Active Installations: 5 million+ Purpose: The Really Simple SSL WordPress plugin configures your WordPress pages to be served up securely using your server's SSL connection.
Over the past decade, the importance of running all pages (not just ones where private information is shared) on secure connections has been emphasized. Google and other search engines have been clear about favoring sites that serve content using SSL encryption (https instead of the traditional http). This means that website owners need to make sure their web pages are secure. Really Simple SSL is a very easy to use plugin that allows WordPress site owners to quickly make all pages on their websites secure.
Active Installations: 5 million+ Purpose: The Elementor Website Builder plugin WordPress plugin is an advanced editor that allows you to design your WordPress posts and pages with blocks of content elements that are preformatted.
The Elementor Website Builder WordPress plugin provides you with greater flexibility and ease when designing pages. Using this plugin, you can organize and add page elements to look great without having to know how to code html or php.
Active Installations: 5 million+ Purpose: The WooCommerce Shopping Cart plugin for WordPress allows you to create a store out of your WordPress site, complete with a catalog and checkout system.
WooCommerce is the world’s most popular open-source shopping cart system. WooCommerce adds a set of menu options and functionality to your WordPress website that accommodate setting up a product catalog, as well as configuring your cart and checkout system. With WooCommerce, you can configure shipping options, payment methods, coupons and discounts, and many other aspects of an ecommerce store that make it successful.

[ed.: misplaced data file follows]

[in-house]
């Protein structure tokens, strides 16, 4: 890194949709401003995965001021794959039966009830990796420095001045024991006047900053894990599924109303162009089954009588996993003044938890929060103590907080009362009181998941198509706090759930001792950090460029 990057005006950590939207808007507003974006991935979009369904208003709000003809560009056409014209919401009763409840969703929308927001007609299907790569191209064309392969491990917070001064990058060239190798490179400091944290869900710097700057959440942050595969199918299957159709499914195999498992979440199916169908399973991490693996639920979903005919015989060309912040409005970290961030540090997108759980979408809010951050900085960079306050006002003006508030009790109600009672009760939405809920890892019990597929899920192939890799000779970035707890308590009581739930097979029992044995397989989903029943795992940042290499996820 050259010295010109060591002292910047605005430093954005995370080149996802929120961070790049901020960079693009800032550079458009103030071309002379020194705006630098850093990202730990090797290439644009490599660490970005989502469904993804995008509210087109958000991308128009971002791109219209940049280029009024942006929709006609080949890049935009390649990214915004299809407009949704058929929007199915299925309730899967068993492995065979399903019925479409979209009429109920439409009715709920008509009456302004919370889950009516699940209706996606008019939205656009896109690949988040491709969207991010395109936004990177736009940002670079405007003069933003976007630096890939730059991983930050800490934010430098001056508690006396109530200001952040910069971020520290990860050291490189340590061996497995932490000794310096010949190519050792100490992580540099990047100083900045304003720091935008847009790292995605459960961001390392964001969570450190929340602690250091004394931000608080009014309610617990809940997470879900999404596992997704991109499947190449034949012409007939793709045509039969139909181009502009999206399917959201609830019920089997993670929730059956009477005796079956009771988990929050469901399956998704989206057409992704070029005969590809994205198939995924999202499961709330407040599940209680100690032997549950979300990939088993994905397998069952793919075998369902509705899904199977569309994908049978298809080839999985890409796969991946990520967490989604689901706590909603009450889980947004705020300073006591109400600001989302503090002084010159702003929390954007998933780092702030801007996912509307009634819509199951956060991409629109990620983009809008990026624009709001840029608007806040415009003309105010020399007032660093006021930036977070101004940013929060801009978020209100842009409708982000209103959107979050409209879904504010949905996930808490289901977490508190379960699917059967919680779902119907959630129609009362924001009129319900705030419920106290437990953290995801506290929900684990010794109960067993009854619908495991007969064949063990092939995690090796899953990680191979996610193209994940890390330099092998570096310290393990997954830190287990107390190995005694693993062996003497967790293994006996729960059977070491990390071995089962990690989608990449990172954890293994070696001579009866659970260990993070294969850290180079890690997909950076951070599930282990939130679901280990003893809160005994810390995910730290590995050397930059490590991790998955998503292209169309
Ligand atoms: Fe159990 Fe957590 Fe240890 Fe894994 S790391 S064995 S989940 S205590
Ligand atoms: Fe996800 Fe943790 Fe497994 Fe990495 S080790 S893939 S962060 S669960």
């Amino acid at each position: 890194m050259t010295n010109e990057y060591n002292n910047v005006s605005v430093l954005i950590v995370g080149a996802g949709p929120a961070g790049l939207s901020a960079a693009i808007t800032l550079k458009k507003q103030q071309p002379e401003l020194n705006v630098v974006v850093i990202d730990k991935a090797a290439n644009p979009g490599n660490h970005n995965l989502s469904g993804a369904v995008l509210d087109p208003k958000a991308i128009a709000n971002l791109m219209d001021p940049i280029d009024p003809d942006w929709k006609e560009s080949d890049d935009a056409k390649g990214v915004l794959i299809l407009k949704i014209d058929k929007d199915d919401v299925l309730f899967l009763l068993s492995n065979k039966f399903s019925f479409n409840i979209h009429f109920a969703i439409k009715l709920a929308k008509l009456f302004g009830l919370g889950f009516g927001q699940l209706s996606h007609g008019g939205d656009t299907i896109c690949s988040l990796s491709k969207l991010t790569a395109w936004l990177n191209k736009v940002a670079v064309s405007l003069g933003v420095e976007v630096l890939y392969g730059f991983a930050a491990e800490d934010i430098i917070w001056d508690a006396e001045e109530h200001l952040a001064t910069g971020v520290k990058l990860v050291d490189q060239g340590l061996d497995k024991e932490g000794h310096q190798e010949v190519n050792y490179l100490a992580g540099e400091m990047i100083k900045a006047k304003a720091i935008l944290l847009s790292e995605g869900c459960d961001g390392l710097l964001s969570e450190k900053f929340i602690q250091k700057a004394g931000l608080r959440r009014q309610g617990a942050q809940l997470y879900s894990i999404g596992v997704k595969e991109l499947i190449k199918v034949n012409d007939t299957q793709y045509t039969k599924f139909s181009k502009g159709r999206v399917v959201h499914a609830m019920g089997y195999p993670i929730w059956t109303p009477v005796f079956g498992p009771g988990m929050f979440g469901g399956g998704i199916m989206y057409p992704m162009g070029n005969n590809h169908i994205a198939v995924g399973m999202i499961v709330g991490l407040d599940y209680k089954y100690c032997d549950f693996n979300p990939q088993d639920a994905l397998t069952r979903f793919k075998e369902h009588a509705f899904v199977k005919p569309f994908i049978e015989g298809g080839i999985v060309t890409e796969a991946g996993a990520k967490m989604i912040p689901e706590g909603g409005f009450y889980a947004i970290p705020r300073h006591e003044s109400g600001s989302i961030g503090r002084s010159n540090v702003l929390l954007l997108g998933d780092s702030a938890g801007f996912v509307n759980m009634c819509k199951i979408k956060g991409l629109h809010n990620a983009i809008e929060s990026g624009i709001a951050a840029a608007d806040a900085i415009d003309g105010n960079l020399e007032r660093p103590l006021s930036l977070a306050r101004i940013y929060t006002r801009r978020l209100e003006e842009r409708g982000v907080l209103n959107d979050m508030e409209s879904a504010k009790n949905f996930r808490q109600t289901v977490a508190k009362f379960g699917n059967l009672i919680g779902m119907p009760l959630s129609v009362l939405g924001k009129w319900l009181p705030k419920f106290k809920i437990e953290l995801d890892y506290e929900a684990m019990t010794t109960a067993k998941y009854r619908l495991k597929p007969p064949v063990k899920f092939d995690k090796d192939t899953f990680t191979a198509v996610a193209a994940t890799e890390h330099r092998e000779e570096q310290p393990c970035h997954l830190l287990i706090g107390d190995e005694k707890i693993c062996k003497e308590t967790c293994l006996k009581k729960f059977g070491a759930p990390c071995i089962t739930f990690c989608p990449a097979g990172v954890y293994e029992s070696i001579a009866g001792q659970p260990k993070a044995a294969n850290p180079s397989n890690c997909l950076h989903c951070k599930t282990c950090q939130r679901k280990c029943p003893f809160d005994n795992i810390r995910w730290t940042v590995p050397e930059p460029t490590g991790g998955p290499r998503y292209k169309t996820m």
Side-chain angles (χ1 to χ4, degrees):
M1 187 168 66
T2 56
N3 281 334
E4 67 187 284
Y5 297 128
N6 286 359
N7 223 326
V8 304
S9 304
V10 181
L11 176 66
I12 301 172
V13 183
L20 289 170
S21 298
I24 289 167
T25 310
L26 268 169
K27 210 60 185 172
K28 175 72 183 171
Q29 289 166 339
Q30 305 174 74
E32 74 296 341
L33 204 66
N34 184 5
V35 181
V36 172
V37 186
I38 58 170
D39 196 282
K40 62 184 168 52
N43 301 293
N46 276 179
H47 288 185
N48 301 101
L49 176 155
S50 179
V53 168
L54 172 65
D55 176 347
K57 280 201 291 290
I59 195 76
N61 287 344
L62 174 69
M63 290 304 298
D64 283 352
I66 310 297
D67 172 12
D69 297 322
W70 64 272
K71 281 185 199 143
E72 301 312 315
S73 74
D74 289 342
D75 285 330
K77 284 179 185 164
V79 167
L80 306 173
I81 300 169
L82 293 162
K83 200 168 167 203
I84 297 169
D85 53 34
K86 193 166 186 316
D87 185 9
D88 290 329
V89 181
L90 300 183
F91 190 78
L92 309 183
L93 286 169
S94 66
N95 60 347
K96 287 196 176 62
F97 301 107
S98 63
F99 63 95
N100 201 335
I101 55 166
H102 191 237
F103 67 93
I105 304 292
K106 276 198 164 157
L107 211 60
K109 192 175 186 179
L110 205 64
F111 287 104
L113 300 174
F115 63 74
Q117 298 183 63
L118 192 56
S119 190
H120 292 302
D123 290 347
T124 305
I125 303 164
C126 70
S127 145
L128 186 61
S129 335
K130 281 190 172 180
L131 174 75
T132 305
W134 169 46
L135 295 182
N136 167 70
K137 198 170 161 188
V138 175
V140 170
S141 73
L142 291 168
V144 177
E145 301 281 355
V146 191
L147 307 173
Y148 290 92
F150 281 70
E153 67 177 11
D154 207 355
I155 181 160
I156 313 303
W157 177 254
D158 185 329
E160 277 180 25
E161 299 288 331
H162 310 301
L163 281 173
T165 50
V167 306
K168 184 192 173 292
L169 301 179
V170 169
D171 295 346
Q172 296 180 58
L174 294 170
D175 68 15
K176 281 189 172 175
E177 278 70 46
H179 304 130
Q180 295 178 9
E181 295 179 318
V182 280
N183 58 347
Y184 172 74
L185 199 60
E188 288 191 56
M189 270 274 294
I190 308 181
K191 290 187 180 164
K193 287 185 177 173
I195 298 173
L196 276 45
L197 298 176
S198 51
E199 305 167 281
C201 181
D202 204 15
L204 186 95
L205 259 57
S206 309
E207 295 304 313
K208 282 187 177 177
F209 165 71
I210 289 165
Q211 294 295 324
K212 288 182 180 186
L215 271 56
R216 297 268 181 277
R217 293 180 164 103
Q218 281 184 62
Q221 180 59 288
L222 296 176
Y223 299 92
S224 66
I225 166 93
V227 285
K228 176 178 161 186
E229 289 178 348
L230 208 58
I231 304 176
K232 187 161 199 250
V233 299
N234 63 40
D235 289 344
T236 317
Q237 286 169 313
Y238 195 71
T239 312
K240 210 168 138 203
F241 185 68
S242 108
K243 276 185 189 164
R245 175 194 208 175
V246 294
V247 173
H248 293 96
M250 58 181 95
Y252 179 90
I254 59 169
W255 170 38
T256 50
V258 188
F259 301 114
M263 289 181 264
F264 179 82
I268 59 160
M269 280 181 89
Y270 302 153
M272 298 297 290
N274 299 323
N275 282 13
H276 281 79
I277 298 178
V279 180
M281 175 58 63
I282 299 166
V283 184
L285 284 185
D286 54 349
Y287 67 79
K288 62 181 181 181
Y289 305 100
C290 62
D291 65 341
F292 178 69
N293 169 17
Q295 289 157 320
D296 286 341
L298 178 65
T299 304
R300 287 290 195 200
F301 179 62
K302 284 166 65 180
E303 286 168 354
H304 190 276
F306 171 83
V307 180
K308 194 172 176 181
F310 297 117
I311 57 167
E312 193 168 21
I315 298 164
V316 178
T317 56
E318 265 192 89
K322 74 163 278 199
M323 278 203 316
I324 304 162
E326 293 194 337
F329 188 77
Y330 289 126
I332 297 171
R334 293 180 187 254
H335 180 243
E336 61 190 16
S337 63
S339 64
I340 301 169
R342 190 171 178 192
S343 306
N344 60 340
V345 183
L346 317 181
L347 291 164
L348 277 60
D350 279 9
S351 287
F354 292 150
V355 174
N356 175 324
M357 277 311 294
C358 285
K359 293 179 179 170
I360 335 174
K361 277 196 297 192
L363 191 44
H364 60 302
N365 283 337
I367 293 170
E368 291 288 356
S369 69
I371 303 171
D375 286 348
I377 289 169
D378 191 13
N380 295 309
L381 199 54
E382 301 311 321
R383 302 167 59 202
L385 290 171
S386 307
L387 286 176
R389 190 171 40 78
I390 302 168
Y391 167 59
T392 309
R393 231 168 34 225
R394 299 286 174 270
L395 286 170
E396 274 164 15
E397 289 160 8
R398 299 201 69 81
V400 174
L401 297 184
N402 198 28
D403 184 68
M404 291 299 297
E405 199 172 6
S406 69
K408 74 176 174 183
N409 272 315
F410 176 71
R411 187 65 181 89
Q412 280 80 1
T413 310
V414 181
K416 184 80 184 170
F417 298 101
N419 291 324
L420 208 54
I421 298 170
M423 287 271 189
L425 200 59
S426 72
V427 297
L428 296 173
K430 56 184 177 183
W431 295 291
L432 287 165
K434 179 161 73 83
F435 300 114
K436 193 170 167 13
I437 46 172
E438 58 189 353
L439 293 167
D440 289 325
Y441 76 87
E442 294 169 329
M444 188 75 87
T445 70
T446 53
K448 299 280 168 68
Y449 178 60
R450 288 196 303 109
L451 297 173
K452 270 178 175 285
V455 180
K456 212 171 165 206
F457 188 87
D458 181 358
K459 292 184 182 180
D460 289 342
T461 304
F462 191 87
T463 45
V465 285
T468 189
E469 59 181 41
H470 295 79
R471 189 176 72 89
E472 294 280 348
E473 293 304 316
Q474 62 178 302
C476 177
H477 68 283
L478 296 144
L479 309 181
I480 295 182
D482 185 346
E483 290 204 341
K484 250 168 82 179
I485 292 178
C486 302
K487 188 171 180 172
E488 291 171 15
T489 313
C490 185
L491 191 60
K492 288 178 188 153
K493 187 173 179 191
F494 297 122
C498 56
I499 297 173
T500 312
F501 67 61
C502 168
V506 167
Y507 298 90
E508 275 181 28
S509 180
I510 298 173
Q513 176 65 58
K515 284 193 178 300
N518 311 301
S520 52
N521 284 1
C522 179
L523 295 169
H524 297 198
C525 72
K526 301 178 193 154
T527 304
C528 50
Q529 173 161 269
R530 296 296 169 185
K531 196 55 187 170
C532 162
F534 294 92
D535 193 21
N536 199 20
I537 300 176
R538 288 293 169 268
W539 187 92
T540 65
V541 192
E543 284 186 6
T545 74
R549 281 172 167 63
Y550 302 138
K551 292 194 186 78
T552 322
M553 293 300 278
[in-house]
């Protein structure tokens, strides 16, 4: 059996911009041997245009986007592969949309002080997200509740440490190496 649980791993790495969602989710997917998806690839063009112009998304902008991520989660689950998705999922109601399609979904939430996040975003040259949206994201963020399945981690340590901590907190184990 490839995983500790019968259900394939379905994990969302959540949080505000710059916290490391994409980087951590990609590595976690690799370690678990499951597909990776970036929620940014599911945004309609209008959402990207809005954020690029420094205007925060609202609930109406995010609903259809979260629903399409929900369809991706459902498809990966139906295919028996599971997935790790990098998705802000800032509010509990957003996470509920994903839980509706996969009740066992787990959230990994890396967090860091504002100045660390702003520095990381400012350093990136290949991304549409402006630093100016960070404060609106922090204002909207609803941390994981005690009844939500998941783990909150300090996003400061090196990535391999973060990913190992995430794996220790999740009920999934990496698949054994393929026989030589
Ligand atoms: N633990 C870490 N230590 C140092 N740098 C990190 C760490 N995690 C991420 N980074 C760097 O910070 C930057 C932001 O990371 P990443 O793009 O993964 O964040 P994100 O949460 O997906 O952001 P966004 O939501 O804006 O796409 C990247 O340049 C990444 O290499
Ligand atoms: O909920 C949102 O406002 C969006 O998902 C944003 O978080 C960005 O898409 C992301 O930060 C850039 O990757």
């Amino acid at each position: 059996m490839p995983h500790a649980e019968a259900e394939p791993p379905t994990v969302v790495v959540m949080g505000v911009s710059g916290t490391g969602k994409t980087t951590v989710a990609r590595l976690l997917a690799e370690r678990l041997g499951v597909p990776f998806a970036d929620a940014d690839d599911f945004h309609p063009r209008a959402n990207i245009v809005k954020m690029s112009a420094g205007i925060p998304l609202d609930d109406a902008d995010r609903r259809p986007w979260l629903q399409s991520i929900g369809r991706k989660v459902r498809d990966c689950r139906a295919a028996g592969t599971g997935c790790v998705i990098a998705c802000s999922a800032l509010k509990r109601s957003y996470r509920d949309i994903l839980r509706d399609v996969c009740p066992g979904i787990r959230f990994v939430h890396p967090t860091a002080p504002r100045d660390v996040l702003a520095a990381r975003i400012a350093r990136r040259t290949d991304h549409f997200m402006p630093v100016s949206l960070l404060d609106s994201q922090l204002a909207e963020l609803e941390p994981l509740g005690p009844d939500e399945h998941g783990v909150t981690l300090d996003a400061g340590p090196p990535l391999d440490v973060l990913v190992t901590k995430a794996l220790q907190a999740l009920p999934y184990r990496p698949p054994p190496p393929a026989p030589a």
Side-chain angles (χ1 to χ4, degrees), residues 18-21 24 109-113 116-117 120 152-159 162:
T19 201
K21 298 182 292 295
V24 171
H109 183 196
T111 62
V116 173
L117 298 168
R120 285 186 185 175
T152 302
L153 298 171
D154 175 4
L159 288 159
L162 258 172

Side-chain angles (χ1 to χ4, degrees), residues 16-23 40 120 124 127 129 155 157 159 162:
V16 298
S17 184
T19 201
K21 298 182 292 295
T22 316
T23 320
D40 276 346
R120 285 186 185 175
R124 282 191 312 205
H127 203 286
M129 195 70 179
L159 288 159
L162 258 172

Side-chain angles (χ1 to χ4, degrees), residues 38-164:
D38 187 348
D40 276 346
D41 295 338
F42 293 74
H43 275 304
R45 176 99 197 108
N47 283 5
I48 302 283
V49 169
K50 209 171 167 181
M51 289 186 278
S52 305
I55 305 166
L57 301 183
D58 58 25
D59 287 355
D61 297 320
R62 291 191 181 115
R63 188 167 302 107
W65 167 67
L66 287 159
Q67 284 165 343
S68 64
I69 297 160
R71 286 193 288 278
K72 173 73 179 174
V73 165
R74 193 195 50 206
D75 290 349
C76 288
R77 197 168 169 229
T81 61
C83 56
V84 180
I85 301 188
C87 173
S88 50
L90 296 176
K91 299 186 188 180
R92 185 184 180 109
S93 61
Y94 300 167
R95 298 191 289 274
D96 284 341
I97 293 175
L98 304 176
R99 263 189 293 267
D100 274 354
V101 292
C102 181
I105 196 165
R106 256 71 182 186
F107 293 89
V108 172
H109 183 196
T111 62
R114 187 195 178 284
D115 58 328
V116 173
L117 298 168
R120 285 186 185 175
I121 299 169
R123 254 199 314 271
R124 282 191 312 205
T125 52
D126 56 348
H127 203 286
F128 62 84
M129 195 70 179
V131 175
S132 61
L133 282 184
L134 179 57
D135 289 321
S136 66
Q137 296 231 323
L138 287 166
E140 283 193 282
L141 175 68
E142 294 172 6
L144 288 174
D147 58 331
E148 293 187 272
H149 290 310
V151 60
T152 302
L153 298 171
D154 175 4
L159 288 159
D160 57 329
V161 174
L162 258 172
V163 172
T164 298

WooCommerce has almost 1,000 extension plugins available, allowing store owners a lot of flexibility with choosing payment providers, shipping settings, and more. One of the benefits I see with using WooCommerce and WordPress over SaaS shopping cart solutions (like BigCommerce or Shopify) is the seamless integration the shopping cart has with your publishing system.
Active Installations: 5 million+ Purpose: WordFence provides security for your WordPress website, keeping hackers out and identifying when there has been a breach to your WordPress site.
The major criticism that developers and other technical types have against WordPress is its vulnerability to being hacked. That vulnerability exists mostly because of how popular WordPress is, making it a target for many more hackers than other content management systems. WordFence allows WordPress to overcome the “WordPress is vulnerable” stigma with advanced security features.
In spite of how complicated security for any website, and especially sites running on WordPress, WordFence simplifies the process of securing your website.
Get To Know Your WordPress Plugins
This is just a sampling of the most popular WordPress plugins. There are dozens of others that I use on a consistent basis for my websites, depending upon specific needs that I have.
The most popular (most of these are also considered the best WordPress plugins because of how generally useful and applicable they are) plugins are certainly must-haves (maybe not WooCommerce if you don’t need a store; up to this point, Prosperopedia.com doesn’t have WooCommerce installed) in order for your website to stay up with the times.
For WordPress website administrators, I recommend browsing through the WordPress plugins repository and checking out what’s there. You can do this inside of your WordPress site admin by going to Plugins -> Add New. If you click on either the Popular or the Recommended tabs at the top of that page, you can see what the majority of WordPress users are including with their websites, and you can determine whether any of those should be part of your specific WordPress website.